ST. ALBERT, Alberta – Michael Cooper, Member of Parliament for this small suburban city and a part of Edmonton next door, is going to wake up to a big problem this morning that’s unlikely to go away any time soon.
Mr. Cooper’s problem is a microcosm of the troubles now facing the entire Conservative Party of Canada, and it has to do with the company its MPs were keeping yesterday in Ottawa.
The company they were keeping on Parliament Hill was pretty disgusting – that is, the so-called “freedom convoy” that increasingly obviously was organized by a cadre of far-right activists including characters distinguished by histories of white nationalism, Islamophobia, anti-Semitism, and enthusiasm for the bizarre Qanon phenomenon creeping north over the 49th Parallel.
Yes, there were people in the convoy that made Canada’s capital city its terminus yesterday whose irrational fears of COVID-19 vaccines have left them worried about their “freedoms and their jobs,” as the Conservative Party damage-control messaging was putting it last night, but their Ottawa siege has become a platform for a considerably more unsavoury crowd.
As Gary Mason of the Globe and Mail put it on Thursday – well before the vanguard of the protest started showing up on the streets of downtown Ottawa – “as well-meaning as some of these people may be, it’s now clear that this demonstration has been hijacked by a fringe element that sounds an awful lot like the ‘freedom fighters’ and ‘patriots’ who gathered at the U.S. Capitol building on Jan. 6, 2021, and ended up storming the premises in a poorly organized coup d’état.”
The conduct of the mob on the Hill demanding the removal of our lawfully elected government and expressing its hatred for Prime Minister Justin Trudeau certainly belies the Conservatives’ excuses.
Protesters have been parking and partying on the National Cenotaph, displaying Confederate battle flags and Nazi swastikas, hanging their slogans on the statue honoring Terry Fox, bullying the staff of a shelter’s soup kitchen to give them free food, and, everywhere, displaying their ubiquitous motto: “F**k Trudeau.”
Yet supportively joining them were Opposition Leader Erin O’Toole’s MPs, shaking hands, mingling in what looked like an Omicron super-spreader event, tweeting out videos of themselves handing out cups of coffee, and doing impromptu TV interviews.
That’s where Mr. Cooper’s day, and possibly his political career, went awry: a quickie interview just before 11 a.m. in Ottawa with a CBC TV crew as some clown paraded in the background bearing an upside-down Canadian flag defaced by a Nazi swastika.
The reaction in St. Albert and Edmonton was swift and fierce.
“As Mayors of the two cities that straddle Member of Parliament Michael Cooper’s riding, Mayor @CathyHeron and I are troubled by a photo of MP Cooper that is being circulated with an upside down Canadian flag with a hateful symbol of a swastika on it,” tweeted Edmonton Mayor Amarjeet Sohi last night.
“This type of symbolism is never okay, but it is even more troubling as we just marked the anniversary of the Holocaust, and today, we remember the victims who lost their lives in the hate-based Quebec City Mosque attack five years ago,” Mr. Sohi said.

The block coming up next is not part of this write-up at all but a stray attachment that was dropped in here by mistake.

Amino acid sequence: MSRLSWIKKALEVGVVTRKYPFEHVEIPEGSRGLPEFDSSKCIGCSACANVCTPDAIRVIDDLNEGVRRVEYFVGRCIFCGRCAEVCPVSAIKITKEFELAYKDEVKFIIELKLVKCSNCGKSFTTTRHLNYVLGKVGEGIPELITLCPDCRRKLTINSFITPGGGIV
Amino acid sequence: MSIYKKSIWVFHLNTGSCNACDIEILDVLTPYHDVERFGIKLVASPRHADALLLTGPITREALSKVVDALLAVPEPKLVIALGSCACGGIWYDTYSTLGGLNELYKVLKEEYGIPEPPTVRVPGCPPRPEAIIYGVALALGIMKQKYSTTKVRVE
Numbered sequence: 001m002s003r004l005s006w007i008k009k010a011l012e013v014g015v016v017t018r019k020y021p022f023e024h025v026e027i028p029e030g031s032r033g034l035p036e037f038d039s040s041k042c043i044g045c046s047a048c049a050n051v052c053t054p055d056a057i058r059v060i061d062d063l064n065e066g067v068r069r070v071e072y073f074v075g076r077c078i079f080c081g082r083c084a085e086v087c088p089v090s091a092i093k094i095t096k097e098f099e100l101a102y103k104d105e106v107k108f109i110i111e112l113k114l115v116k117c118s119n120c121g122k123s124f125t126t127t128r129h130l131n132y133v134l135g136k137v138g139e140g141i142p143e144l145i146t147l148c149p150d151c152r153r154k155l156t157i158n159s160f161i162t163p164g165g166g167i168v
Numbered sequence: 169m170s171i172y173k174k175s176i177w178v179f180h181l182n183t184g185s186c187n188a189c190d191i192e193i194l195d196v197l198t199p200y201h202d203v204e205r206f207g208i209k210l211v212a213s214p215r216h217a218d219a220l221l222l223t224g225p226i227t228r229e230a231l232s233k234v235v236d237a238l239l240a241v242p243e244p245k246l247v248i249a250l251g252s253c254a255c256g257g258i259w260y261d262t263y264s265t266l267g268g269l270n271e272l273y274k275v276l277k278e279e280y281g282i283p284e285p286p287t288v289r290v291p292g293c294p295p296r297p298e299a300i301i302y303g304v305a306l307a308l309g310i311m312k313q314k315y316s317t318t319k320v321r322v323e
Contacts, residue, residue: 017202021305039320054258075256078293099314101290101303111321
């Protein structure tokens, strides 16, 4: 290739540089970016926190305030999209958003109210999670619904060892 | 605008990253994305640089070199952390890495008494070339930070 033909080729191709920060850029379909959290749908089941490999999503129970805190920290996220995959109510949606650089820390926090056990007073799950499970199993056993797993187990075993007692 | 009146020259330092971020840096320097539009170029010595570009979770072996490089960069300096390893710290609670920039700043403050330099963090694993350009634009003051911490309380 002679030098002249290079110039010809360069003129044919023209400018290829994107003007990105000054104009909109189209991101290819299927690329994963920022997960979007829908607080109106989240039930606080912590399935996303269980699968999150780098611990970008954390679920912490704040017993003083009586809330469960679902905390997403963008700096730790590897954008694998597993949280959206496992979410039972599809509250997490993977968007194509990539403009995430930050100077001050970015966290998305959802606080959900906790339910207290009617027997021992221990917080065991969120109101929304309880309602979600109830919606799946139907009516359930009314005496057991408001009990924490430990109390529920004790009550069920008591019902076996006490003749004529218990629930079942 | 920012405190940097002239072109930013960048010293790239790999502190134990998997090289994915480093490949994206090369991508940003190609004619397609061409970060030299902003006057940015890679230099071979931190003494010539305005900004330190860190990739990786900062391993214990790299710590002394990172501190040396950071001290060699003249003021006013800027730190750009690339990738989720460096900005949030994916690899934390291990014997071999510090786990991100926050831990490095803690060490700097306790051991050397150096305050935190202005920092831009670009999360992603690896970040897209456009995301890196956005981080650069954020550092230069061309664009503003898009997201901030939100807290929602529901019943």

St. Albert Mayor Cathy Heron tweeted the same thread: “We want the rest of the country to know that MP Cooper’s presence at this rally in no way reflects the values of Edmontonians and St. Albertans,” she said. “Our communities are diverse, inclusive and welcoming – hate has absolutely no place here.
“Along with us, many other people are hurt by his behaviour and lack of judgement, and we call upon him to apologize not only to his constituents, but to the rest of the country as well.”
Needless to say, others were considerably less restrained in tone. The responses to Mr. Cooper’s coffee tweet yesterday are instructive.
“Very fine people you are supporting,” said my conservative-leaning friend and former neighbour Andy von Busse, in just one example. “Nazi and slavery flags, and parking on the Tomb of the Unknown Soldier. Very fine people.”
This response obviously had Mr. Cooper worried enough to issue a statement last night condemning the guy with the flag and trying to absolve himself of any responsibility.
“Today I attended a peaceful protest in support of truckers and other Canadians defending their freedoms and jobs,” Mr. Cooper’s statement said.
“I did an impromptu interview with CBC. Moments later I learned from social media that unbeknown to me, someone with whom I’m not associated had been standing some distance behind my back holding a flag with an evil symbol on it. Had I seen the symbol, I would have condemned it, as I do now.”
“Whoever flew this flag is personally responsible for that reprehensible decision and should be eternally ashamed,” Mr. Cooper asserted.
“He or she does not represent the thousands of peaceful protesters who waved Canadian flags and acted responsibly,” he concluded. “I stand with them and will continue to fight for them.”
Does this mean he doesn’t stand with the voters of St. Albert-Edmonton who got vaccinated, socially isolated, and did their bit to responsibly bring the COVID-19 pandemic to an end?
And what do the past controversies that have dogged Mr. Cooper – like this one, and this one – tell us about his real convictions on issues that seem to motivate so many of the convoy protesters as well?
We are all judged by the company we keep. This is a lesson many Conservative MPs are now going to learn the hard way.